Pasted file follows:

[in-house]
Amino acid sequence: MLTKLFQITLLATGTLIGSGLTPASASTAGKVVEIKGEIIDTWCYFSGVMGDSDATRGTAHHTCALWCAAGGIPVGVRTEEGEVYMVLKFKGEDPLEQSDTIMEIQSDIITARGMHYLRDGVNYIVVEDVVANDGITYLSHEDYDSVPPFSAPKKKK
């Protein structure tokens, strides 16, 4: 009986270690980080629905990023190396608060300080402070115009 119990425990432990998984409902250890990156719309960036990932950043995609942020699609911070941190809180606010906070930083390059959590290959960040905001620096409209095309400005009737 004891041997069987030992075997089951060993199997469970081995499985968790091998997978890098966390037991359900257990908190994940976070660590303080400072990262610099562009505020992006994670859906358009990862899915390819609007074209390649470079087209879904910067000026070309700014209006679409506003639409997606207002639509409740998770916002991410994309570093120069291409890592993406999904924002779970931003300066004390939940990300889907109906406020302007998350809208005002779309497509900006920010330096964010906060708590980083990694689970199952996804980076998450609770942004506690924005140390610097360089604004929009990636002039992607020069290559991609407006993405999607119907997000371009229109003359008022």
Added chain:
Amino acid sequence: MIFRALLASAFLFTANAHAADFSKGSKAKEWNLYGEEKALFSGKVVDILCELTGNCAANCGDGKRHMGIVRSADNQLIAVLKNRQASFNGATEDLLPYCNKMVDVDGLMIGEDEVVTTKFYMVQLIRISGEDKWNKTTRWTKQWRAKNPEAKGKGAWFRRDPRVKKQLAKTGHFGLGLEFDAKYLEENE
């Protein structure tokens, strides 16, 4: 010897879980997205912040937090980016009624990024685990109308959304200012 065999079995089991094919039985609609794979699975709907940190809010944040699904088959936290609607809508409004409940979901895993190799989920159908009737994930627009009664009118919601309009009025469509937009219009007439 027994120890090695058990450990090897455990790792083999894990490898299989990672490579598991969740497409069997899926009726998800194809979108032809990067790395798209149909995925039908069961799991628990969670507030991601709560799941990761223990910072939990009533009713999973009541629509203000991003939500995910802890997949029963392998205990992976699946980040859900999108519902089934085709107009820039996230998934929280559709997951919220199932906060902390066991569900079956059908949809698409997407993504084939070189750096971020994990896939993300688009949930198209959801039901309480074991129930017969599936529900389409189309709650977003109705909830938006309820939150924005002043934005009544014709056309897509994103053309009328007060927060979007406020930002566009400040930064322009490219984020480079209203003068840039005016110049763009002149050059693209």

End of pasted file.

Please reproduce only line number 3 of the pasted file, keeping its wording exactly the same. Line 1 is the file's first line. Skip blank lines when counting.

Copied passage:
């Protein structure tokens, strides 16, 4: 009986270690980080629905990023190396608060300080402070115009 119990425990432990998984409902250890990156719309960036990932950043995609942020699609911070941190809180606010906070930083390059959590290959960040905001620096409209095309400005009737 004891041997069987030992075997089951060993199997469970081995499985968790091998997978890098966390037991359900257990908190994940976070660590303080400072990262610099562009505020992006994670859906358009990862899915390819609007074209390649470079087209879904910067000026070309700014209006679409506003639409997606207002639509409740998770916002991410994309570093120069291409890592993406999904924002779970931003300066004390939940990300889907109906406020302007998350809208005002779309497509900006920010330096964010906060708590980083990694689970199952996804980076998450609770942004506690924005140390610097360089604004929009990636002039992607020069290559991609407006993405999607119907997000371009229109003359008022």